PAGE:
Sun | Jul 22, 2018

Report: Jamaican entrepreneurs get star treatment

Published:Wednesday | February 15, 2017 | 12:00 AMSteven Jackson
In this June 2016 photo, a row of shops is seen on the waterfront in Kingston. Jamaican entrepreneurs tend to be treated like stars by the media, a new report has found.

Jamaica ranks among the top five countries with high perception of their entrepreneurs, according to a global report, which also found that their 'stardom' fails at times to translate into sales and support.

Socially, entrepreneurs are held in 'high regard', a view that gets reinforced by the Jamaican media, which tends, more than other countries, to give entrepreneurs a voice, according to the Global Entrepreneurship Monitor (GEM) 2016/17 report released by Babson College, which runs one of the most respected entrepreneurship programmes in the United States.

"In Jamaica, people do not necessarily support your business, but they do have a favourable perception of entrepreneurs," local entrepreneur Cherie Dowdie commented to Gleaner Business, following the release of the report.

Five years ago, Dowdie, a Jamaican sole trader at Live Juice Bar, contemplated opening her business in the US, but chose Jamaica instead. She wanted to take advantage of what she saw as a burgeoning local industry with higher growth potential than the highly competitive US market to make 'live juices' and smoothies.

"We don't necessarily have a drive to support local industry and small business. In general, that is not a part of our culture. Everybody loves a hustler, but we are not looking at supporting the business," Dowdie said.

She reasoned that although US perceptions of entrepreneurs are at times on par with Jamaica, there is "absolutely" more support exists in the US.

"Certainly in the US, there is a focus on entrepreneurship. Definitely, it is a big deal in the US, to the degree that 'start-up' is such a buzz word there," said Dowdie, who also lives in the US.

GEM surveyed over 60 countries in the 2016 report, covering 69.2 per cent of the world's population and 84.9 per cent of the world's GDP. In its 18th consecutive year, the report's publishers describe it as the largest single study of entrepreneurship in the world.


"Sixty per cent of adults believe entrepreneurs receive positive media attention. Jamaica reports the highest levels of media attention at 87 per cent, consistent with its strongly positive perceptions about entrepreneurship at 85 per cent," said the report.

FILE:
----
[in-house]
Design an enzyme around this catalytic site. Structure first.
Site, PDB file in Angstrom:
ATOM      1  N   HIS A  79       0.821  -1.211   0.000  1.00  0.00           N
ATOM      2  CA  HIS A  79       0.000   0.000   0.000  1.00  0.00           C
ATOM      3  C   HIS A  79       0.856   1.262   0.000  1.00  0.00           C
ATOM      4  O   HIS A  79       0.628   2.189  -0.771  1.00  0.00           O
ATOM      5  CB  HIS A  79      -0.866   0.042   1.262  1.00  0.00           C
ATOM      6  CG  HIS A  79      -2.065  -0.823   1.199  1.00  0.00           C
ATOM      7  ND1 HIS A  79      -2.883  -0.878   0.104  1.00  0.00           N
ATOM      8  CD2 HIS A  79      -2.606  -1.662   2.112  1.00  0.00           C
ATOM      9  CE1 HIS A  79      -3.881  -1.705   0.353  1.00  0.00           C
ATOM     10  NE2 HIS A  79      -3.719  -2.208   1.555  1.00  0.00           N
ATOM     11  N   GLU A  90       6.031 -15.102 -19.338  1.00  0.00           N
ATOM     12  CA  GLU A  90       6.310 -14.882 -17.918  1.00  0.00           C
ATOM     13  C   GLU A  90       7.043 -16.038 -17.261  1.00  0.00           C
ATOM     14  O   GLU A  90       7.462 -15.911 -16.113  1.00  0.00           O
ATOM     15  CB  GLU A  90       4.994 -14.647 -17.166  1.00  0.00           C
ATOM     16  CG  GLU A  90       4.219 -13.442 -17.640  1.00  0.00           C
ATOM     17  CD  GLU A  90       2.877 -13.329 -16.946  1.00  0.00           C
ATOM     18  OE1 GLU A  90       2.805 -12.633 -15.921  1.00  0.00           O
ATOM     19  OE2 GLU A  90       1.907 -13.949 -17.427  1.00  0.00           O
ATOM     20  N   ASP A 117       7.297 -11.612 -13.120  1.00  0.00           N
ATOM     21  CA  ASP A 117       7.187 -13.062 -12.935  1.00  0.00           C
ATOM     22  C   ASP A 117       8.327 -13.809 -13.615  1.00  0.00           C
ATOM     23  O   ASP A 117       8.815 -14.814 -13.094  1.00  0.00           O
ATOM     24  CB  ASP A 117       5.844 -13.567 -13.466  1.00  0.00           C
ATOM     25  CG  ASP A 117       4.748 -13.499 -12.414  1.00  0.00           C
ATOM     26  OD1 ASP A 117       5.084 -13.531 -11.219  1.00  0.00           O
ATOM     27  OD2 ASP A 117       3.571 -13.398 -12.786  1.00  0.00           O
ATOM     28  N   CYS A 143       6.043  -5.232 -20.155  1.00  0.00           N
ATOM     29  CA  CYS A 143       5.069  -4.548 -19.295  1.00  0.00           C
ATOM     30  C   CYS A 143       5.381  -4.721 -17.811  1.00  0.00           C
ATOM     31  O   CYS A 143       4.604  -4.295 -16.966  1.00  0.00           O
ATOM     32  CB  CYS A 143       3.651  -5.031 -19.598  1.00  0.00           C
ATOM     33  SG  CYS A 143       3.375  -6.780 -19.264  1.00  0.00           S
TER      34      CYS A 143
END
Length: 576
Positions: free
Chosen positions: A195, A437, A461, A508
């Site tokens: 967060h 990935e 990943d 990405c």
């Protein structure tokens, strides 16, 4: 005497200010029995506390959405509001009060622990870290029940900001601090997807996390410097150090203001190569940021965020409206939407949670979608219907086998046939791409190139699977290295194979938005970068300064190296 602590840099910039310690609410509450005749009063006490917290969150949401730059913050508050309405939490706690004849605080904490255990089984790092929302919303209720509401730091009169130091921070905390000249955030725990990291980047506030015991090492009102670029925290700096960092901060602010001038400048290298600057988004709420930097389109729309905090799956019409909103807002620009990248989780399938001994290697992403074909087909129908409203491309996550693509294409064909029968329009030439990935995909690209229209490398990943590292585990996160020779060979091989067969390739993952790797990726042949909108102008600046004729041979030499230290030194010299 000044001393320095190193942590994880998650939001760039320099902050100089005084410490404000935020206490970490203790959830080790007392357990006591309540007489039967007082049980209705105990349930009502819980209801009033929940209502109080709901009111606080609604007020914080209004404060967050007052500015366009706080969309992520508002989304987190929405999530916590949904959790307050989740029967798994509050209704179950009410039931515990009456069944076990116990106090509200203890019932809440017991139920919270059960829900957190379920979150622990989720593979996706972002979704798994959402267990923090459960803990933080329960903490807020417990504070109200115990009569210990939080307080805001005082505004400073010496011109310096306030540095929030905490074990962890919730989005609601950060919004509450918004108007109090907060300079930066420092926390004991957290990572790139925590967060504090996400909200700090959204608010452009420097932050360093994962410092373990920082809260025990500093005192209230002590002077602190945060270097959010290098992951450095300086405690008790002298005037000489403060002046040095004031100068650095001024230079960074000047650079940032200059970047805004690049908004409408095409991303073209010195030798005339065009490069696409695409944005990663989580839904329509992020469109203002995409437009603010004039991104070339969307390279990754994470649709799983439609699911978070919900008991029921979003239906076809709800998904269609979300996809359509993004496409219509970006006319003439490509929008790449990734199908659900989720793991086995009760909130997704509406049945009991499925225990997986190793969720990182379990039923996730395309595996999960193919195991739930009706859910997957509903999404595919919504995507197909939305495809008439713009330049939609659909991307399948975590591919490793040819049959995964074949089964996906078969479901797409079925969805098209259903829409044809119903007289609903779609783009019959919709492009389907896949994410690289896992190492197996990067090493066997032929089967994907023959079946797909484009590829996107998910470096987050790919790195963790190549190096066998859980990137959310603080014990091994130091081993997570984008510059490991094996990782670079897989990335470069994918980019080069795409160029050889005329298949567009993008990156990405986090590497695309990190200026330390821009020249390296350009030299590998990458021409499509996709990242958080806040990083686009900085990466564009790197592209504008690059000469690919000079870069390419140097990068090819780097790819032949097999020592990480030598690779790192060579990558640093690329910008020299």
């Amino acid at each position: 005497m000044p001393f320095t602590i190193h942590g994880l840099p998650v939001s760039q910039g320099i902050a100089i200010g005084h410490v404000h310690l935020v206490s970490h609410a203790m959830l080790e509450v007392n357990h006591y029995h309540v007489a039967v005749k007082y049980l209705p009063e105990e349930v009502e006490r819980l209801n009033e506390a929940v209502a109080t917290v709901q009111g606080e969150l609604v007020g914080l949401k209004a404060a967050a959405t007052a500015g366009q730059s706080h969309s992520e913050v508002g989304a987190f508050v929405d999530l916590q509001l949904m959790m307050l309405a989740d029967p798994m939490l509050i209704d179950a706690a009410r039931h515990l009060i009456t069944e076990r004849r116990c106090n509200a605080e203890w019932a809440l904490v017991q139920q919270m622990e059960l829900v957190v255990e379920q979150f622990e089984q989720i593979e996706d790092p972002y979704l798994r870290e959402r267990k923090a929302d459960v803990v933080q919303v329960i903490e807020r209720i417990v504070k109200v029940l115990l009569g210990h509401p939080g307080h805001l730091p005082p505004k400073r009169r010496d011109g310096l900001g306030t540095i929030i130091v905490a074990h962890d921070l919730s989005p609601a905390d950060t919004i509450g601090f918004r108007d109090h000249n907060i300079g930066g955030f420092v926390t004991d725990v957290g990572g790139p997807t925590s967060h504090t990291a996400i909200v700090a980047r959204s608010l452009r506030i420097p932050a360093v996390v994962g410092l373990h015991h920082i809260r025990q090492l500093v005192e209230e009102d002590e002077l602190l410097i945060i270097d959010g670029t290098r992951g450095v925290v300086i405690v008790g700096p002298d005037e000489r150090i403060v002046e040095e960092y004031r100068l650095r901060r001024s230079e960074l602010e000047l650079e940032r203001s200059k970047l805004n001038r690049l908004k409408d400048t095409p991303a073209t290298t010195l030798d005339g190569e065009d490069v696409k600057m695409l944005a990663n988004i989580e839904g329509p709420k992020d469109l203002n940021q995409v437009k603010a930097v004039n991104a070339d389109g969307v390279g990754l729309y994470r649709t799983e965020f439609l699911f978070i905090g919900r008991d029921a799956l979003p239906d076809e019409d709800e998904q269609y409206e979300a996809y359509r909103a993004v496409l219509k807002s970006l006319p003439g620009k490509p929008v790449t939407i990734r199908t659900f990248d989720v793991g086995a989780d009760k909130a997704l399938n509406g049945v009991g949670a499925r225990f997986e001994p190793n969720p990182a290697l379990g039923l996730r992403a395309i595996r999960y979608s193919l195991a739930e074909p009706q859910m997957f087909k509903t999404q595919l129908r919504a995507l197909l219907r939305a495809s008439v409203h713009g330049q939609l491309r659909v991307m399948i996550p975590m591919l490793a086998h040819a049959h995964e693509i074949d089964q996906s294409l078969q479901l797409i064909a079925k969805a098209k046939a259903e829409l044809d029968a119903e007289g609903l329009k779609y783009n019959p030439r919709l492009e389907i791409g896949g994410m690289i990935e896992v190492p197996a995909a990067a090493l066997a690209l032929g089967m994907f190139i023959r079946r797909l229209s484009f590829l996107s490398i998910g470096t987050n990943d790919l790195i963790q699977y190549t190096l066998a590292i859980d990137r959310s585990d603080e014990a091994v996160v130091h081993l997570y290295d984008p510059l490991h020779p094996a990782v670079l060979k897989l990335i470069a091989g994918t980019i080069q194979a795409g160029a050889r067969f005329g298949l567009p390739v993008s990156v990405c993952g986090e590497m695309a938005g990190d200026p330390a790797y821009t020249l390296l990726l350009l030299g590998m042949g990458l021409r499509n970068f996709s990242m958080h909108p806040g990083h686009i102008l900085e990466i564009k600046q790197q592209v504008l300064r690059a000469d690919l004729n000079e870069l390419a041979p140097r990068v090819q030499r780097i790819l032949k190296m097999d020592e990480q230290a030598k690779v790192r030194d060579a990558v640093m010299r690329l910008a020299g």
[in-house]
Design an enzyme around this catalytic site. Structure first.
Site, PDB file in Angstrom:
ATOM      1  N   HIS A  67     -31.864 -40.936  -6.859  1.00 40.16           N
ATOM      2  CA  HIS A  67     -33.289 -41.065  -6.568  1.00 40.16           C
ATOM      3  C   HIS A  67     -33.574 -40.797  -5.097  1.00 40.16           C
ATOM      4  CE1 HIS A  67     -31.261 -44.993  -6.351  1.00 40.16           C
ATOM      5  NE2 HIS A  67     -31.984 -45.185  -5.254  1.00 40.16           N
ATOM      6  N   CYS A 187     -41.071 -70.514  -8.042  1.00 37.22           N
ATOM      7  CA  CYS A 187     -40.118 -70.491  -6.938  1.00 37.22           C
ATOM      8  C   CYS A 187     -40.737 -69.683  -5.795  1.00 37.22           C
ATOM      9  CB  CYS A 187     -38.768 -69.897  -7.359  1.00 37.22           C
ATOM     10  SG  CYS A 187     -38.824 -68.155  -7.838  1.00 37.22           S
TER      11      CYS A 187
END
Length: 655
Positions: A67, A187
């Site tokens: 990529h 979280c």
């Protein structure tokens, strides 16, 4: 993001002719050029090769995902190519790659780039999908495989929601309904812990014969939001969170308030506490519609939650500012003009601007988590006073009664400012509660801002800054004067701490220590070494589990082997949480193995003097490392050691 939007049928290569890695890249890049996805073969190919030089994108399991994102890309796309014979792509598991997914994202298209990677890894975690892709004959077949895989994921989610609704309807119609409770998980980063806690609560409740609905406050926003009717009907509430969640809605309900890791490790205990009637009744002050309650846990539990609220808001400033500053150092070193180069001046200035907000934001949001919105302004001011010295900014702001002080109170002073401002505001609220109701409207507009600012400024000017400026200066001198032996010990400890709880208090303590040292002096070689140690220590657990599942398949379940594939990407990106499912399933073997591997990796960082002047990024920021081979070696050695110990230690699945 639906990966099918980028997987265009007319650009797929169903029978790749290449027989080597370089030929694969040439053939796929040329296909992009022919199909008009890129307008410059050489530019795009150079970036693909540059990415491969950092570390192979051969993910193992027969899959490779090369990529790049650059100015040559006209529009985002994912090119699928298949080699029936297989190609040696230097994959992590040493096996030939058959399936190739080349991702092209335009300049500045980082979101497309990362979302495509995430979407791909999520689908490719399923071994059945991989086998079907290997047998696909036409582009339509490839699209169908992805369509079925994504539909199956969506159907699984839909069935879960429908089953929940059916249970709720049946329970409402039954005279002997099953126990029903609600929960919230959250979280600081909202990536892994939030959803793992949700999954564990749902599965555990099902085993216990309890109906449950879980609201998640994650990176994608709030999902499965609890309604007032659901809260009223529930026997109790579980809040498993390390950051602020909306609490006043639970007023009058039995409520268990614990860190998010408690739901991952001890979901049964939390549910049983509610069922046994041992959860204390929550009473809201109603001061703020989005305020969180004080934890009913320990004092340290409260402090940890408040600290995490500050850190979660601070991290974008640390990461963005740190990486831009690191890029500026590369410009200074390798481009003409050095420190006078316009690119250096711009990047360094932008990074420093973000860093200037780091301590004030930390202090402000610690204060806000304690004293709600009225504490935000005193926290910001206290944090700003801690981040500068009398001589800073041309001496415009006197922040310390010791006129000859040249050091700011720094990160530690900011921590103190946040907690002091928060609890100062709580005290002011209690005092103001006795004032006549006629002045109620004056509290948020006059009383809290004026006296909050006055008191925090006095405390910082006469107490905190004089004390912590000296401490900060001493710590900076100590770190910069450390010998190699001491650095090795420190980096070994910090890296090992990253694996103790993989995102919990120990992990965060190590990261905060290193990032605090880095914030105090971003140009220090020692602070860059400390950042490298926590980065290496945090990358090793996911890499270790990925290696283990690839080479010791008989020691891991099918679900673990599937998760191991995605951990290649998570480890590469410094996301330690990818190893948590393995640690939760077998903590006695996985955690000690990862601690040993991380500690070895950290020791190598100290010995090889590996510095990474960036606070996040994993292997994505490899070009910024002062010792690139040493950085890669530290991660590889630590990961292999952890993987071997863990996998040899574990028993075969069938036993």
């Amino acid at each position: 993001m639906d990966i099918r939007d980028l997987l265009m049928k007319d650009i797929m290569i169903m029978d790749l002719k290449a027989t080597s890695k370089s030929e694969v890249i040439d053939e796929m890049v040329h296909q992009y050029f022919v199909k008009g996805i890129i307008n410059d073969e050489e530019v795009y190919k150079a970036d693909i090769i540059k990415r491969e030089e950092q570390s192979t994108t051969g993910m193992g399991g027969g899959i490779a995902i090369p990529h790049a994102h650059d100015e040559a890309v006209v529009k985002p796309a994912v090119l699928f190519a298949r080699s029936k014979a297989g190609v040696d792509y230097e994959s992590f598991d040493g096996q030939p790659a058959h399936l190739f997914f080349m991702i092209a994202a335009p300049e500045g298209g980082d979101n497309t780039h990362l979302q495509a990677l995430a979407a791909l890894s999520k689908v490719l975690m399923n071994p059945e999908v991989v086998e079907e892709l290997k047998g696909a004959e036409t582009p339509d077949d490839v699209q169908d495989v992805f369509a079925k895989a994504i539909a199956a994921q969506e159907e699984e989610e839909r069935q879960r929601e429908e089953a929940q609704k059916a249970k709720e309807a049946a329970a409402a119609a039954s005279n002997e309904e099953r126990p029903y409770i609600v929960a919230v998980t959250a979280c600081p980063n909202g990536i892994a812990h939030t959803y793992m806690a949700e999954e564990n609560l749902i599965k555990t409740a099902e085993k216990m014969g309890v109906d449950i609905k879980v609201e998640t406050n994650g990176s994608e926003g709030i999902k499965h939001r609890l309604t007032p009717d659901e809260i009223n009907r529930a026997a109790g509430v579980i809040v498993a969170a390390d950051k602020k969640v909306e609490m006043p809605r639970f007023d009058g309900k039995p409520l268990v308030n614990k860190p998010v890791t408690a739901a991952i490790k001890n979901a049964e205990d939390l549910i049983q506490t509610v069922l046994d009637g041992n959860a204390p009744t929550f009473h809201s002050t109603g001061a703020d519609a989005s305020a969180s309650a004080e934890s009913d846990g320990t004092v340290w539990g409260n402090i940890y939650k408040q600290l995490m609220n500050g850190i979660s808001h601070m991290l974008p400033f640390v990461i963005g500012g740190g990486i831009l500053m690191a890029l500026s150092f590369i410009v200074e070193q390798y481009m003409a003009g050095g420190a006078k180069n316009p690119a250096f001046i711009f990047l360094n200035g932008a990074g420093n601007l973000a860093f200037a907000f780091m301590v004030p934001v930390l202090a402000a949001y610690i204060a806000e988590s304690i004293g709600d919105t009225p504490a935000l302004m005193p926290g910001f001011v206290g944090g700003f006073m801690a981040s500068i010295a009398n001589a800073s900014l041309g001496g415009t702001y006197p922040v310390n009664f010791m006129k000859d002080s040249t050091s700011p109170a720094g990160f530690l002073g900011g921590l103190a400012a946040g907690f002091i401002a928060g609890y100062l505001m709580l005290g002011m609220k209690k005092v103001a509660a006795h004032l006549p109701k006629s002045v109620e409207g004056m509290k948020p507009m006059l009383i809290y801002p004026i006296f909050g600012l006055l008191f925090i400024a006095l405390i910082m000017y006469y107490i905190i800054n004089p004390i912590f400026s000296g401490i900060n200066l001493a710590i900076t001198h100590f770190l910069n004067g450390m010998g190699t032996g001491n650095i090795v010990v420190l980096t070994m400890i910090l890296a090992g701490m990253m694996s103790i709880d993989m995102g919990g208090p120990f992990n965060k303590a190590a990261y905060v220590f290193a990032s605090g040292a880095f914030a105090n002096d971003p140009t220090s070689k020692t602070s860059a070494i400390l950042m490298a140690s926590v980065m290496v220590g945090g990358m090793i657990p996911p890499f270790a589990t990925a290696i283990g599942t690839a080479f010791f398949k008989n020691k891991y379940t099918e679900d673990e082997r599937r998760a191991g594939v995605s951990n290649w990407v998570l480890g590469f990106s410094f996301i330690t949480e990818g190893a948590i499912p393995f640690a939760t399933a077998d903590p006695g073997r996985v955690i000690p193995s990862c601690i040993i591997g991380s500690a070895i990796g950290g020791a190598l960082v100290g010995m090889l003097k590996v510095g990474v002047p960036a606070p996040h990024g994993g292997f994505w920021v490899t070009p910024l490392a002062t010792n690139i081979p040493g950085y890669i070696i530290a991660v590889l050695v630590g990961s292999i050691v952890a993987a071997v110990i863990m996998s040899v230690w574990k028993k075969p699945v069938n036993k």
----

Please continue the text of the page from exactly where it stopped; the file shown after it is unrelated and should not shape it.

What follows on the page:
Consequently, Jamaica ranked second in terms of perceptions of the entrepreneurs' capabilities or their competence to run a business, and fourth in terms of the perceived opportunities.

On the flip side, the report said that when the venture doesn't make money, the founders of the business, in Jamaica and other jurisdictions, often close shop quickly.

"Exit rates because of a lack of profitability are particularly high in Brazil (66 per cent) and Jamaica (56 per cent), while lack of finance is a particularly prevalent exit reason in Belize, affecting just under a third of entrepreneurs," said the report.

In North America, on the other hand, only 20 per cent of entrepreneurs exit for lack of profitability, and only nine per cent cite problems with access to finance, while 40 per cent of entrepreneurs cite sale, retirement, pre-planned exit or pursuit of another opportunity, the report stated, adding that regions differ on the reasons for exiting business.

"Greece has the highest proportion of entrepreneurs exiting because of lack of profitability, with three-quarters citing this reason," added the report.

Fifty-five per cent of entrepreneurs worldwide expect to create at least one job in the next five years, according to the Global Entrepreneurship Monitor. Global challenges for the growth of these entrepreneurs include sophisticated technologies and communications that may enable entrepreneurs to operate on their own, rigid labour regulations, poor availability of skilled or educated labour, limited access to entrepreneurial finance, and the decision to stay small to avoid the complexities of formalisation.

"The power of entrepreneurship to create jobs demonstrates its crucial importance to economic growth and stability around the world," said Babson College Professor and GEM US team lead Donna Kelley, in a statement released with the report.

"Whether this means alleviating regulatory burdens or offering specialised financial support, policymakers and private stakeholders will need to direct their attention towards policies and practices that can together strengthen the ecosystem that supports the efforts and ambitions of entrepreneurs," Kelley said.